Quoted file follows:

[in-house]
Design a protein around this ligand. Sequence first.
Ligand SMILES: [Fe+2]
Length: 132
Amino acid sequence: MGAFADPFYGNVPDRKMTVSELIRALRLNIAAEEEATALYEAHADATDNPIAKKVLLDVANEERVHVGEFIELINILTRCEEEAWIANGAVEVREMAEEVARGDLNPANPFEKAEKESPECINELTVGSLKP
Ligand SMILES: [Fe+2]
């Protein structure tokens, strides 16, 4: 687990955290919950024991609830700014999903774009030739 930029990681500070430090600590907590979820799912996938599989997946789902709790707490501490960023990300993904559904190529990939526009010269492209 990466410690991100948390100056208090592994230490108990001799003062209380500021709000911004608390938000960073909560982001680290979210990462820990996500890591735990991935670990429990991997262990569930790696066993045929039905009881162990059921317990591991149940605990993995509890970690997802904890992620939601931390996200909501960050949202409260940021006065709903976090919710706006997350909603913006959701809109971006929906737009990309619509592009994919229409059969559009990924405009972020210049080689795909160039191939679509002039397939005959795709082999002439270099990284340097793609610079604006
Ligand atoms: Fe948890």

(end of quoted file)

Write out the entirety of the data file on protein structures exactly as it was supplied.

[in-house]
Design a protein around this ligand. Sequence first.
Ligand SMILES: [Fe+2]
Length: 132
Amino acid sequence: MGAFADPFYGNVPDRKMTVSELIRALRLNIAAEEEATALYEAHADATDNPIAKKVLLDVANEERVHVGEFIELINILTRCEEEAWIANGAVEVREMAEEVARGDLNPANPFEKAEKESPECINELTVGSLKP
Ligand SMILES: [Fe+2]
């Protein structure tokens, strides 16, 4: 687990955290919950024991609830700014999903774009030739 930029990681500070430090600590907590979820799912996938599989997946789902709790707490501490960023990300993904559904190529990939526009010269492209 990466410690991100948390100056208090592994230490108990001799003062209380500021709000911004608390938000960073909560982001680290979210990462820990996500890591735990991935670990429990991997262990569930790696066993045929039905009881162990059921317990591991149940605990993995509890970690997802904890992620939601931390996200909501960050949202409260940021006065709903976090919710706006997350909603913006959701809109971006929906737009990309619509592009994919229409059969559009990924405009972020210049080689795909160039191939679509002039397939005959795709082999002439270099990284340097793609610079604006
Ligand atoms: Fe948890």